Comparison of inosine-monophosphate-dehydrogenase activity in patients with enteric-coated mycophenolate sodium or mycophenolate mofetil after renal transplantation

  • 26 Jun 2019
  • Academic staff's Published Research - Pharmacy


Thomas Rath; Manfred Küepper

Published in

Transplantation Proceedings, 41(6):2524-8 · July 2009.



Mycophenolate mofetil (MMF) and enteric-coated mycophenolate sodium (EC-MPS) are well established in immunosuppressive therapy after renal transplantation. The active substance, mycophenolic acid, leads to an inhibition of inosine-monophosphate-dehydrogenase (IMPDH) activity in peripheral mononuclear cells. Therefore, we analyzed the effect of different dosing patterns of MMF and EC-MPS on IMPDH activity in stable patients after renal transplantation.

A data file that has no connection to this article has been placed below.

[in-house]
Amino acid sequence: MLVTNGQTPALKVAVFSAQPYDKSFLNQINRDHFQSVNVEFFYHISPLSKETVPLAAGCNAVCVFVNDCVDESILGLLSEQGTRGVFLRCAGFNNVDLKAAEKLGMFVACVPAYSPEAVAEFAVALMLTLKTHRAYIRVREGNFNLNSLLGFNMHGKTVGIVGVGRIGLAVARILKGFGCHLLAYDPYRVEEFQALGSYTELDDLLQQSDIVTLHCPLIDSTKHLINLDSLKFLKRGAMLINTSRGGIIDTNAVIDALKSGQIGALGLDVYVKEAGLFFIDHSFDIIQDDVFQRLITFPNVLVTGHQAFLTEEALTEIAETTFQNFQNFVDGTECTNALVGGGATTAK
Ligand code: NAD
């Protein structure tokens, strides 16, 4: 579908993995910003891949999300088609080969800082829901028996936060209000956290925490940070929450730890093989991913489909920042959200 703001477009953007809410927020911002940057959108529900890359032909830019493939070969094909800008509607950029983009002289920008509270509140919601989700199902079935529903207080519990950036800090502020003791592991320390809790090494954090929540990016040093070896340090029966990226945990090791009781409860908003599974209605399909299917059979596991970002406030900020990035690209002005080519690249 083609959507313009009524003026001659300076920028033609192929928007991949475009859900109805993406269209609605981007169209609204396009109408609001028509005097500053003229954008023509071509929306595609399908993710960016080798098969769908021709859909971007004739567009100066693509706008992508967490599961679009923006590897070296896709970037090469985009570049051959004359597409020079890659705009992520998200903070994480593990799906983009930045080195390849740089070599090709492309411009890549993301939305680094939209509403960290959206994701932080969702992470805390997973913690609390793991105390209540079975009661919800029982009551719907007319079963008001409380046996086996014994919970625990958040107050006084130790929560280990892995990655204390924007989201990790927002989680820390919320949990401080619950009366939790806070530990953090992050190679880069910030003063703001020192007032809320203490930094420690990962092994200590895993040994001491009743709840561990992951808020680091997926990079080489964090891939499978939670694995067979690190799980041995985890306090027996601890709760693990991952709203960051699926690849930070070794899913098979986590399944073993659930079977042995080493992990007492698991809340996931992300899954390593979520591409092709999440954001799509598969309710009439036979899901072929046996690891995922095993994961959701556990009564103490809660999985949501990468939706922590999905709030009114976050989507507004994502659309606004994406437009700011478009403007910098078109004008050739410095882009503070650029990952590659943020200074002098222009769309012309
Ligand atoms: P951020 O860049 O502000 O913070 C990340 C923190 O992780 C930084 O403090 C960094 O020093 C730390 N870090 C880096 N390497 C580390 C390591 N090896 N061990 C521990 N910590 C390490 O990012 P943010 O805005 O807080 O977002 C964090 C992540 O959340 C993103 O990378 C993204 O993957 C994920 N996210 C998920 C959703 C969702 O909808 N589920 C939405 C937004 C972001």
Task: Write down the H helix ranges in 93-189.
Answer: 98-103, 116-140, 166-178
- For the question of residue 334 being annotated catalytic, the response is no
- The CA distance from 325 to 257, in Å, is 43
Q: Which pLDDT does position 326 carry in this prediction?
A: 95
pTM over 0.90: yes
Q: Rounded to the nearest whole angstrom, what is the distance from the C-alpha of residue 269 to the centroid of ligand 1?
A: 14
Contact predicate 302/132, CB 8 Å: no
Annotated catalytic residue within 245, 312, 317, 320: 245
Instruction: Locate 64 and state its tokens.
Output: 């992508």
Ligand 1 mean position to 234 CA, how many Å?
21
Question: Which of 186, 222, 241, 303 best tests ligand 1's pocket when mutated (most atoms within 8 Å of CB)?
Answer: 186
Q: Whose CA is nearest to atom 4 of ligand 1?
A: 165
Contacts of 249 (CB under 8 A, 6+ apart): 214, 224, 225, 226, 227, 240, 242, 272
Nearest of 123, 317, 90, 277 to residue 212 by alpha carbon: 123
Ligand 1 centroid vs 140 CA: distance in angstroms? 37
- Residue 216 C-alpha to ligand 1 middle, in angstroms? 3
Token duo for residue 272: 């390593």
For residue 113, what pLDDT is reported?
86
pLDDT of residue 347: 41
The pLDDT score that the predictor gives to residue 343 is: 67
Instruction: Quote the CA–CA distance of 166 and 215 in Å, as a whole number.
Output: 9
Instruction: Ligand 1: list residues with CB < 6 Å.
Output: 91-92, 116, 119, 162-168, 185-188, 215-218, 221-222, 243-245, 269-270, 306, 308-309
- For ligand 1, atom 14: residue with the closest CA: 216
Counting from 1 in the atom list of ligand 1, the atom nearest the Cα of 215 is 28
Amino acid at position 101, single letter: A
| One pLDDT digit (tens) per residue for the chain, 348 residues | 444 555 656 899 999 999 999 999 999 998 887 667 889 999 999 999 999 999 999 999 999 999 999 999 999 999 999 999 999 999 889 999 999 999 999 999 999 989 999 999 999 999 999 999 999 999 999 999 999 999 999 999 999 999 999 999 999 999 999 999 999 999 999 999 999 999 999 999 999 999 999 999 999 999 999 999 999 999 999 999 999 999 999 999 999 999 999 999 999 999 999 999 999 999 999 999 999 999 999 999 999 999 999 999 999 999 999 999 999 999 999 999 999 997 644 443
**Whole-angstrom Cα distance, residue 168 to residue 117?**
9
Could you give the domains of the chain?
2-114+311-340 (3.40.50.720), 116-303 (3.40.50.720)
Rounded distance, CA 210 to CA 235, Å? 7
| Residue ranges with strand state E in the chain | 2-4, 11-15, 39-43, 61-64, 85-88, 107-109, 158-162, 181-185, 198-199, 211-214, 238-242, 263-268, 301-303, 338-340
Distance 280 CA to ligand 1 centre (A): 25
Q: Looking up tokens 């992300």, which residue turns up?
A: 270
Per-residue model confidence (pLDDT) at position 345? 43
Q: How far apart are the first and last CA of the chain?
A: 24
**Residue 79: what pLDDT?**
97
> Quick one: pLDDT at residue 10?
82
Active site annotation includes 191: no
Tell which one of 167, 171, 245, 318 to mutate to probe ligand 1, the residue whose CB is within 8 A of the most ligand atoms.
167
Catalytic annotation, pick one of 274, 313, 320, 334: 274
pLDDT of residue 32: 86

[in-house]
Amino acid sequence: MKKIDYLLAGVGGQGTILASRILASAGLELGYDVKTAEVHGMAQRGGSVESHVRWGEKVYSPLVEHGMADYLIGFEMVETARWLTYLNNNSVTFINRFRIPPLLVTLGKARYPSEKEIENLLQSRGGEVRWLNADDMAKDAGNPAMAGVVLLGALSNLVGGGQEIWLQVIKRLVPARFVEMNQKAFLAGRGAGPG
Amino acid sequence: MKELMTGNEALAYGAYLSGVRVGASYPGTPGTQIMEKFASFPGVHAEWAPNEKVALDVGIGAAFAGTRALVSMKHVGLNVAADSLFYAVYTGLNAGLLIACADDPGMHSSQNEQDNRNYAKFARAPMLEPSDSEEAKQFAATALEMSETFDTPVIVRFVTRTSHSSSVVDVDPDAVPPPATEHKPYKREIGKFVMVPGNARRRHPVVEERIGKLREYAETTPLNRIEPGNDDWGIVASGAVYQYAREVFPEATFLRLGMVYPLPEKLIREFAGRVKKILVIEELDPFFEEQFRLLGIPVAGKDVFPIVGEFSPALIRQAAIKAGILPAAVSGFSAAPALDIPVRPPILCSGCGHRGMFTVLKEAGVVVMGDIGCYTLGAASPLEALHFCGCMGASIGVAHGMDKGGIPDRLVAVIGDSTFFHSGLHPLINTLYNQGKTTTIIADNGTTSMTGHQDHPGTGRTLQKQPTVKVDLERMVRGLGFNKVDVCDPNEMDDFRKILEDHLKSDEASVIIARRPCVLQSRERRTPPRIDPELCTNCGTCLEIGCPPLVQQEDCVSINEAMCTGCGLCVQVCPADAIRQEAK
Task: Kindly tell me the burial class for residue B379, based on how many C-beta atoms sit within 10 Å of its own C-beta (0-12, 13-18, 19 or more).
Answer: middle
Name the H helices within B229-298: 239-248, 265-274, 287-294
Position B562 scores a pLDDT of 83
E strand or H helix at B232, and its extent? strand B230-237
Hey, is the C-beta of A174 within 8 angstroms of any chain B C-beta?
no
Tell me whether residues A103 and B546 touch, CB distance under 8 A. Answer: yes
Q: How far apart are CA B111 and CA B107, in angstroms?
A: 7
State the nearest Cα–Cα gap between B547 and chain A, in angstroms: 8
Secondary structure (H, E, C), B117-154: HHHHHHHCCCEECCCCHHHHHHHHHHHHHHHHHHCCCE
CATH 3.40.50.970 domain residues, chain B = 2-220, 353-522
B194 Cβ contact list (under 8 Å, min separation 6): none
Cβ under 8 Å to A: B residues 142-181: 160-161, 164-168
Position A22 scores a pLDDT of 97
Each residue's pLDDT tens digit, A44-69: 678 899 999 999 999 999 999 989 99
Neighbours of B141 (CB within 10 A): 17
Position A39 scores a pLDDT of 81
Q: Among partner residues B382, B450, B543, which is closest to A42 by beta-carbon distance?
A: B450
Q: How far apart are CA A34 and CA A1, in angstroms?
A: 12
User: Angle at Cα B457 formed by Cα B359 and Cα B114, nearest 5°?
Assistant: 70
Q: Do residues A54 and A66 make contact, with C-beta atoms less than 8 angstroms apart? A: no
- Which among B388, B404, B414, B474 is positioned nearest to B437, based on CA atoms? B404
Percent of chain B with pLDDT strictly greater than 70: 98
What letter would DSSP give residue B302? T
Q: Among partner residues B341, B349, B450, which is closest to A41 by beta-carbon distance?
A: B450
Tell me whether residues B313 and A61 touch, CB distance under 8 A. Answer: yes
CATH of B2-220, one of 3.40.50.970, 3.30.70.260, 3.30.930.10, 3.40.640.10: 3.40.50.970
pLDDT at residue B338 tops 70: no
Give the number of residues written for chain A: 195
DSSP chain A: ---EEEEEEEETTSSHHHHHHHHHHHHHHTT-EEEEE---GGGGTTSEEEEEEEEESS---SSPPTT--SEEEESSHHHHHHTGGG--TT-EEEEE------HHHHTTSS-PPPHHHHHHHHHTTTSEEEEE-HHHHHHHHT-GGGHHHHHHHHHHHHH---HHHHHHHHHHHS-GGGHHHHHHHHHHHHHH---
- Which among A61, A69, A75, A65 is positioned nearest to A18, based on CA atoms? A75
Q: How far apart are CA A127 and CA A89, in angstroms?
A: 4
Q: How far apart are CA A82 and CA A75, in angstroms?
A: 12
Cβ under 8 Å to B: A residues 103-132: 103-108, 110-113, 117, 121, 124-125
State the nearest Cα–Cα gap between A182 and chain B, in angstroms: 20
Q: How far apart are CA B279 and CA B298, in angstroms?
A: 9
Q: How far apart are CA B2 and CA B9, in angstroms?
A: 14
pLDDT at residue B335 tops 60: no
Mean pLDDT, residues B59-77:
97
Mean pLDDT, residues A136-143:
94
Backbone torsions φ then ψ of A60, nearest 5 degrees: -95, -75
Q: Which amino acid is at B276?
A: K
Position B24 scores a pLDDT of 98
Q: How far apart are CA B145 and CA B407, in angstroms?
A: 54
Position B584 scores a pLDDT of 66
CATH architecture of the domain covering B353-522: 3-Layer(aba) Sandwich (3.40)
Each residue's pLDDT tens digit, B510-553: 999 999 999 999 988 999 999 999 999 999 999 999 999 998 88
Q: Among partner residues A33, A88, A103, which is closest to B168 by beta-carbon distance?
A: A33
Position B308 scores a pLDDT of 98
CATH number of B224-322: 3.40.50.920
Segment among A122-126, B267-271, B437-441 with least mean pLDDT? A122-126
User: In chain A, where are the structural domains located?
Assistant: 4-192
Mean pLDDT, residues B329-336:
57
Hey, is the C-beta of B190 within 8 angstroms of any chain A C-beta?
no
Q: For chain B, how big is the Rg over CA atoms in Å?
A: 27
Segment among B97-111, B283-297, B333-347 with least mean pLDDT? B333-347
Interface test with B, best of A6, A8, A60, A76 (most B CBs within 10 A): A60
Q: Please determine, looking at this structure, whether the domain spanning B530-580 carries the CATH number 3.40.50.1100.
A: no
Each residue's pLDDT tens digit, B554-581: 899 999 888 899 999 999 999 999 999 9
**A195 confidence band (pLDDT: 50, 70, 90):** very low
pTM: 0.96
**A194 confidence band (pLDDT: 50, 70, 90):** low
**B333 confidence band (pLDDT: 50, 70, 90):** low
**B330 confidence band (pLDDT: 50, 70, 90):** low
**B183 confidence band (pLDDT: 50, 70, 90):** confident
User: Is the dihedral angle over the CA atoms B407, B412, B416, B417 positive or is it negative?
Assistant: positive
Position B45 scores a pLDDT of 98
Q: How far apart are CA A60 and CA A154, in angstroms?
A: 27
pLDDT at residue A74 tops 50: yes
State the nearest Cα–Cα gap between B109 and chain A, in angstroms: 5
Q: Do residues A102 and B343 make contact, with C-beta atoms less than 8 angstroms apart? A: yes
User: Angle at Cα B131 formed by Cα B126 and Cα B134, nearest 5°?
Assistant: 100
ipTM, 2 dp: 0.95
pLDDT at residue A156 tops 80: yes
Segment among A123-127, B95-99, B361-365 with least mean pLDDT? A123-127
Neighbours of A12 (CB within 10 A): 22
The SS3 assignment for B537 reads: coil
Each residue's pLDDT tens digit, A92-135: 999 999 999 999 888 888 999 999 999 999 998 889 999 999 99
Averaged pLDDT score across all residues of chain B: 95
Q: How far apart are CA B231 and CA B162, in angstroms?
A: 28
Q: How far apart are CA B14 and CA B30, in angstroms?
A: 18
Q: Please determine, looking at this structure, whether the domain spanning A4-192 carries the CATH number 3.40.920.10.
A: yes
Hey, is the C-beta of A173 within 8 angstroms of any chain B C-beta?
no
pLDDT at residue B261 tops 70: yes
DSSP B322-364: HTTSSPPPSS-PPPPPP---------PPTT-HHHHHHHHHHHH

IMPDH activity (pmol/s per pmol AMP) was measured in patients in the maintenance phase after renal transplantation. Besides MMF or EC-MPS, immunosuppressive therapy consisted of calcineurin inhibitor with or without steroids. We performed 260 measurements in 110 patients (82 on MMF, and 28 on EC-MPS).


Mean patient age range of 43 women and 67 men was 22 to 74 years. Mean serum creatinine in the MMF group was 1.7 +/- 1.3 mg/dL compared to 1.48 +/- 0.45 mg/dL in the EC-MPS group (P < .05). The median IMPDH activity in the EC-MPS patients was lower than in the MMF patients (10 vs 24 pmol/s pmol AMP; P < .005). This was especially pronounced in patients on 1440 mg/d EC-MPS compared with 2000 mg/d MMF (P < .001).


Measurement of IMPDH activity in renal transplantation patients adds additional information on the degree of immunosuppression. The inhibition of IMPDH activity with EC-MPS seemed more pronounced than MMF despite formally equipotent doses.

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